now children are getting the coronavirus. >> congresswoman, you say that democrats are not going far enough. what more do you think needs to be done? >> what more needs to be done is we need to get these bills passed. we need to get infrastructure passed. we need to get the child tax credit done for our families that are struggling. we need to get kids in school. the kindergarten portion of the bill is so big for districts like mine, and just because we lost, you know, this one gubernatorial race yesterday, look at california, where republicans failed miserably at the recall, on the same issues. the difference in california was that we were focused on the message and what we were delivering. and i think that that is what democrats need to be engaged in, all of us. not just a few of us.
>> and congresswoman, talking about delivering, as you know, the senate parliamentarian has twice rejected democratic efforts to put something on the reconciliation bill. how important is it to you that immigration be included in any one of these two very important and massive bills? >> it is very important. it is so important that i have worked really hard to ensure that the hundred billion dollars that is in this bill stays in this bill. and that is money that is already targeted for an immigration reform bill, to ensure that funding is there wherever we get this legislation done. it's not just about saying, you know, we're going to get a pathway to citizenship, we're going to get people out of the shadows. it's about putting the money behind that actually gets these applications processed and whether the senate is able to agree or the parliamentarian is
able to agree on our plan, a, b, or c, this money will remain there and we will continue to fight to ensure that we expand processes like expired visas. we need to reset the clock on those. we need to ensure that citizenship is affordable and that the people that are ready to become citizens are able to do it and promote those issues. and also, temporary visas for our workers. >> i'm just wondering about the issues of the legalization of the 8 or 11, 12 million people that are here, that have been living here, that have been contributing to this country. many of them for many years. is it an important thing to include some legalization or some pathway to legalization? >> it is incredibly important to include some legalization. not just for districts like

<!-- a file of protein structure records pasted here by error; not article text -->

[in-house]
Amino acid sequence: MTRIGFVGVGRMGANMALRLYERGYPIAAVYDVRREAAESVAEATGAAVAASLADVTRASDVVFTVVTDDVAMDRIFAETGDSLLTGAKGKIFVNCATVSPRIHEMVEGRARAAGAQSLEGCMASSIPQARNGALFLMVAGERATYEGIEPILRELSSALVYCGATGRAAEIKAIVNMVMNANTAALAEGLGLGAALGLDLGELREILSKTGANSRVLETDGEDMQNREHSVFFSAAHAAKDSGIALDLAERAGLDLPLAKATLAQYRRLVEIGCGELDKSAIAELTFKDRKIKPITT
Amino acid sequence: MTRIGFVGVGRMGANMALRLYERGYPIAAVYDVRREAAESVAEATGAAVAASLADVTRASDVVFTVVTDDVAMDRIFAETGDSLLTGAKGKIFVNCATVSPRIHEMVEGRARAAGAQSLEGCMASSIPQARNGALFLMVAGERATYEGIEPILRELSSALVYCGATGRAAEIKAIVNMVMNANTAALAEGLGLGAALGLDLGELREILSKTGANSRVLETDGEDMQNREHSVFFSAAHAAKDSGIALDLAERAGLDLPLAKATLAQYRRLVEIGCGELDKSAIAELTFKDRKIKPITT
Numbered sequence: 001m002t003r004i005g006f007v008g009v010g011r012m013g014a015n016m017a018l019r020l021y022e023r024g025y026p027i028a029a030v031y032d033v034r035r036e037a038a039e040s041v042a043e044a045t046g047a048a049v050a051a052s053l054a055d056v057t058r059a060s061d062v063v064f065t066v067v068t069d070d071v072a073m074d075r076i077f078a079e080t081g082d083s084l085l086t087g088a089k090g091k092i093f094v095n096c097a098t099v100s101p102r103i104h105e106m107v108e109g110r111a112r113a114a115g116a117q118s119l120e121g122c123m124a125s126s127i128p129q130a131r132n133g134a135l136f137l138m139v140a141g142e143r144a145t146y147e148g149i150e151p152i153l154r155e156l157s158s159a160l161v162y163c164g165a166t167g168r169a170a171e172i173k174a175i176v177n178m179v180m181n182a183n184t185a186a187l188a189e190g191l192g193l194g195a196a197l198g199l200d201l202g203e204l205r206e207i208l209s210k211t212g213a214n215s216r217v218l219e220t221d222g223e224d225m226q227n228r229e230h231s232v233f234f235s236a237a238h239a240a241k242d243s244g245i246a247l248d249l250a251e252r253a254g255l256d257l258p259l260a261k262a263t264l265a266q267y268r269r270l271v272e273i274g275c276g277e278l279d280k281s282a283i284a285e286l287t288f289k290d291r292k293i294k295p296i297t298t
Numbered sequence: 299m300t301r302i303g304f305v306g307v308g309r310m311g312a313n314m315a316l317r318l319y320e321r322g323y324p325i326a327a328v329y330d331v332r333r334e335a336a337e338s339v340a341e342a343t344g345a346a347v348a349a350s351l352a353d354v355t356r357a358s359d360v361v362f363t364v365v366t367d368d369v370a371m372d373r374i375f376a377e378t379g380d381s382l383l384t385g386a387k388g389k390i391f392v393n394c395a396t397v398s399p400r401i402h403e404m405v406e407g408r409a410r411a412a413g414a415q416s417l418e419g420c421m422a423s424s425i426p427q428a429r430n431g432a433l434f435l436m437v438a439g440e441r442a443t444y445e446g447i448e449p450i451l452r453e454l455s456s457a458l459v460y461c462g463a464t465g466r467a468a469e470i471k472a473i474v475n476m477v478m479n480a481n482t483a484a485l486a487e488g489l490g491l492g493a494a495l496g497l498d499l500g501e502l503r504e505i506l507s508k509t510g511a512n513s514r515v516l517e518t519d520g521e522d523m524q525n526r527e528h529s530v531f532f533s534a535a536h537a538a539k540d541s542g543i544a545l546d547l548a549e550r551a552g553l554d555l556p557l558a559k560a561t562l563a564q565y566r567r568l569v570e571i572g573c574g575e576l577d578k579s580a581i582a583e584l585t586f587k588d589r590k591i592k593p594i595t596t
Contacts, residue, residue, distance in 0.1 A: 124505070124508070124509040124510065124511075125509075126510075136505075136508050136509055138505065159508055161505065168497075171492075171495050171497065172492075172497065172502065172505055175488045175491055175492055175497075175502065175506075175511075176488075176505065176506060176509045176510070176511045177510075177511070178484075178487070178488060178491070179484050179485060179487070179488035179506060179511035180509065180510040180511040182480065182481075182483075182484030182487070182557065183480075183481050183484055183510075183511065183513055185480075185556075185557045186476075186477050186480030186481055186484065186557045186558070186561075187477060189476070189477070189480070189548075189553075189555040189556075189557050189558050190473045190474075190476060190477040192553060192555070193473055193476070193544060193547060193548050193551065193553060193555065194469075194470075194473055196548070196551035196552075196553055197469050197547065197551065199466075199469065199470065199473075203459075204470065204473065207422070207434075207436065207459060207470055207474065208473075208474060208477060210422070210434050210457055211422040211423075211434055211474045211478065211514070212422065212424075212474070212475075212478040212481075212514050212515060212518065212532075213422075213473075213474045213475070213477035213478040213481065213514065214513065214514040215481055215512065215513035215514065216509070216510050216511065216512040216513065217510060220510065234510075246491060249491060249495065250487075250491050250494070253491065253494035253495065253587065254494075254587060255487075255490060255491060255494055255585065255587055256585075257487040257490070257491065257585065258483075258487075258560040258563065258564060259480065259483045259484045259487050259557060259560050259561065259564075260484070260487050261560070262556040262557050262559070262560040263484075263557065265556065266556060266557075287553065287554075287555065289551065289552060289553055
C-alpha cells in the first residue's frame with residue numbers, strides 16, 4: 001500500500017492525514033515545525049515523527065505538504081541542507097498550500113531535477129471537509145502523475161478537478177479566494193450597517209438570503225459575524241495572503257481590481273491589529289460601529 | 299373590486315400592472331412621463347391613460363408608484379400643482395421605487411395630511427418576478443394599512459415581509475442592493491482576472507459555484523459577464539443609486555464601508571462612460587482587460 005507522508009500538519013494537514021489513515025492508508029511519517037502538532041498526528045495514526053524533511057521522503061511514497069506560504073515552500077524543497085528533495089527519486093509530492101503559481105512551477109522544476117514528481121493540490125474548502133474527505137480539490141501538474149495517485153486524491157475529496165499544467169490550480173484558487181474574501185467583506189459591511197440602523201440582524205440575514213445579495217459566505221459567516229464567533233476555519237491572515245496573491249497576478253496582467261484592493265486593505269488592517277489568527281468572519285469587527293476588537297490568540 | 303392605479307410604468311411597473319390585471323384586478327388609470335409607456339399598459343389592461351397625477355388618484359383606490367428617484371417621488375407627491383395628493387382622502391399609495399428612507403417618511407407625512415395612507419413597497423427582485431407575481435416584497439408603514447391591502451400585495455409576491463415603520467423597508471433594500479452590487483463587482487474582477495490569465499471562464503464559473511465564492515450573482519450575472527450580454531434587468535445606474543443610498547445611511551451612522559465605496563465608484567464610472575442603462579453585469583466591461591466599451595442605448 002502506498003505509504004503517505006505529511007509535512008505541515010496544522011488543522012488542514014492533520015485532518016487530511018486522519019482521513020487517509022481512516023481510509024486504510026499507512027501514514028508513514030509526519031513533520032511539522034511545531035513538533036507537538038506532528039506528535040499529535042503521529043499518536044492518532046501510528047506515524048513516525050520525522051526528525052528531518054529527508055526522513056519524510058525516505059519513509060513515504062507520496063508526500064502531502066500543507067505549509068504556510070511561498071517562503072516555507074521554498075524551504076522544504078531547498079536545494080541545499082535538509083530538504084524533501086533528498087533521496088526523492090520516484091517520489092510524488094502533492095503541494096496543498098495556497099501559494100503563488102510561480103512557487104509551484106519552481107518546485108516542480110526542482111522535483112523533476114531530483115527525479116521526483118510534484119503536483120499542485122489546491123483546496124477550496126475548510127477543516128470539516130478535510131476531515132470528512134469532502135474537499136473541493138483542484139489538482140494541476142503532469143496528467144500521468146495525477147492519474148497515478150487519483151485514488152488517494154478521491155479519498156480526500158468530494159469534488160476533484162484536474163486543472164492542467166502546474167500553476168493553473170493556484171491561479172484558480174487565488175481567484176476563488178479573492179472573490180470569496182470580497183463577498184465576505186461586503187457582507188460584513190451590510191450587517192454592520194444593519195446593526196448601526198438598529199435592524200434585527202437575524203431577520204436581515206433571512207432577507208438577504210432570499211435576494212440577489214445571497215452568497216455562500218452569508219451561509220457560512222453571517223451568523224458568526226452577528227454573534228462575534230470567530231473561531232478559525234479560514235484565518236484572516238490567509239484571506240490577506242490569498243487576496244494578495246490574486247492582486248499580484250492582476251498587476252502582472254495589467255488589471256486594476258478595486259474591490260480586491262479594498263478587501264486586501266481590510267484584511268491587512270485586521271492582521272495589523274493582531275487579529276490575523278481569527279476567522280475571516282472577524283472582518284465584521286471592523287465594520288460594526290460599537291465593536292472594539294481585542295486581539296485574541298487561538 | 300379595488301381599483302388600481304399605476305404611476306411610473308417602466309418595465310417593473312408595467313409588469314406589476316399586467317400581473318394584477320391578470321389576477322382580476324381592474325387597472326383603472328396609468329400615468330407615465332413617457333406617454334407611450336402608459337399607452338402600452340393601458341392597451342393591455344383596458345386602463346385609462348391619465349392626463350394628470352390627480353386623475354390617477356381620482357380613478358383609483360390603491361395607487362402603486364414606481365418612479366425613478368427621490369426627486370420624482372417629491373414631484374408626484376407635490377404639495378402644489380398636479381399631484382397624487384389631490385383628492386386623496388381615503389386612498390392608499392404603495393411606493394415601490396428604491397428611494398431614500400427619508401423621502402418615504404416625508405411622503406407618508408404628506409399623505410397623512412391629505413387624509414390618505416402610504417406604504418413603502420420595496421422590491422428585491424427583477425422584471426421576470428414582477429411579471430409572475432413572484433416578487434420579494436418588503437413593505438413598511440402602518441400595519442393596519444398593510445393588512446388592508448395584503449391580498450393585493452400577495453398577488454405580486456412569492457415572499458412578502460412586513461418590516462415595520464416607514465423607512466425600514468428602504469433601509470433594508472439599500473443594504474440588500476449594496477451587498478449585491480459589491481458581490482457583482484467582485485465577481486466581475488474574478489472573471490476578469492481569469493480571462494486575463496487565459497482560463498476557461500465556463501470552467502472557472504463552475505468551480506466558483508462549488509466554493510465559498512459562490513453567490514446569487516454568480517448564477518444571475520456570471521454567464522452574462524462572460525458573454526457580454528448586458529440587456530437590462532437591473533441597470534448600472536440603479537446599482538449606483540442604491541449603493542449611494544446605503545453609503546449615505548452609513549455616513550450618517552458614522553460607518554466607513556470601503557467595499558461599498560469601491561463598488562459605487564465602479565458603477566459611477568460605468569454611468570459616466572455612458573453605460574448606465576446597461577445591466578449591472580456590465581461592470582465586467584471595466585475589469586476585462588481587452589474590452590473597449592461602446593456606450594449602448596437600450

mine, but for very republican districts that are dependent on these workers to continue to be the frontline workers, saving people's lives and saving the economy. this is why it's so critical for us to begin to talk about the failure of republicans to engage in this process. it's simply unacceptable that they can get away with sitting on the sidelines and not adding anything to this dialogue. >> congresswoman norma torres, it's always a pleasure to see you. thank you for your time. >> good to see you. still ahead, facebook makes a major announcement. privacy concerns. the program it's shutting down, next. you're watching "jose diaz-balart reports" on msnbc. you're watching "jose diaz-balart reports" on msnbc. ♪
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35 past the hour and time now for a look at some other headlines. facebook is drastically scaling back its facial recognition system after years of criticism over the technology and its usage, the tech company will delete more than a billion user's facial templates. for more on this, i want to bring in nbc's erin mclaughlin, who is in los angeles for us this morning. erin, what is facebook doing now? >> hey, jose.
well, this move comes amidst what by all accounts is a massive headache for the tech giant, already embroiled in a pr storm surrounding leaked documents. the facial recognition feature has been heavily criticized by privacy advocates, concerned it could be misused. it's also been the subject of a class action lawsuit. in illinois, facebook settled for $650 million after accusations it had collected millions of facial photos without proper consent, violating illinois state law. yesterday in a blog post, the company's vice president of artificial intelligence cited a lack of regulation as a reason to stop this kind of data collection, saying, quote, we need to weigh the positive use cases for facial recognition against growing societal concerns, especially as regulators have yet to provide clear rules. the post also noting this change will represent one of the largest shifts in facial recognition usage in the technology's history, adding the system will be shut down in the coming weeks.